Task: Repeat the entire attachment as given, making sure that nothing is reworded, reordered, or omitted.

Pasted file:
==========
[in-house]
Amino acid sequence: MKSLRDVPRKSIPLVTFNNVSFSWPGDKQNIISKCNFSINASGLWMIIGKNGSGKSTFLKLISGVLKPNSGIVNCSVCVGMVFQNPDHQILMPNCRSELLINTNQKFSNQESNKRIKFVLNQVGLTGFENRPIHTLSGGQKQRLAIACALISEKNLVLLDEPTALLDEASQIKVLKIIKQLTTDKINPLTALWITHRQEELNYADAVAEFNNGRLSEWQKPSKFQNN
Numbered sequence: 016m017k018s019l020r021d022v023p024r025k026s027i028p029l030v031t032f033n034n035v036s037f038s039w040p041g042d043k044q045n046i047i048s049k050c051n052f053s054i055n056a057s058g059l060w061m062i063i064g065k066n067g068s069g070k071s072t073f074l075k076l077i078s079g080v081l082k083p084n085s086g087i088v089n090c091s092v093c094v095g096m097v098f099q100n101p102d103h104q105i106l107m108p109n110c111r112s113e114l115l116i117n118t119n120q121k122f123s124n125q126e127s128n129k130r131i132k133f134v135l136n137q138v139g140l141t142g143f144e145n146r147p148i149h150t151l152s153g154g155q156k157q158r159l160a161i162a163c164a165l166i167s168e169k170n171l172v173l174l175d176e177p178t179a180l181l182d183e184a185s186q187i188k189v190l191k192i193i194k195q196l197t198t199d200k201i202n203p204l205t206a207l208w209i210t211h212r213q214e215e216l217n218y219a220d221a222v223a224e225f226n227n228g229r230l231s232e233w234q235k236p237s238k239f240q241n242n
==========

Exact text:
[in-house]
Amino acid sequence: MKSLRDVPRKSIPLVTFNNVSFSWPGDKQNIISKCNFSINASGLWMIIGKNGSGKSTFLKLISGVLKPNSGIVNCSVCVGMVFQNPDHQILMPNCRSELLINTNQKFSNQESNKRIKFVLNQVGLTGFENRPIHTLSGGQKQRLAIACALISEKNLVLLDEPTALLDEASQIKVLKIIKQLTTDKINPLTALWITHRQEELNYADAVAEFNNGRLSEWQKPSKFQNN
Numbered sequence: 016m017k018s019l020r021d022v023p024r025k026s027i028p029l030v031t032f033n034n035v036s037f038s039w040p041g042d043k044q045n046i047i048s049k050c051n052f053s054i055n056a057s058g059l060w061m062i063i064g065k066n067g068s069g070k071s072t073f074l075k076l077i078s079g080v081l082k083p084n085s086g087i088v089n090c091s092v093c094v095g096m097v098f099q100n101p102d103h104q105i106l107m108p109n110c111r112s113e114l115l116i117n118t119n120q121k122f123s124n125q126e127s128n129k130r131i132k133f134v135l136n137q138v139g140l141t142g143f144e145n146r147p148i149h150t151l152s153g154g155q156k157q158r159l160a161i162a163c164a165l166i167s168e169k170n171l172v173l174l175d176e177p178t179a180l181l182d183e184a185s186q187i188k189v190l191k192i193i194k195q196l197t198t199d200k201i202n203p204l205t206a207l208w209i210t211h212r213q214e215e216l217n218y219a220d221a222v223a224e225f226n227n228g229r230l231s232e233w234q235k236p237s238k239f240q241n242n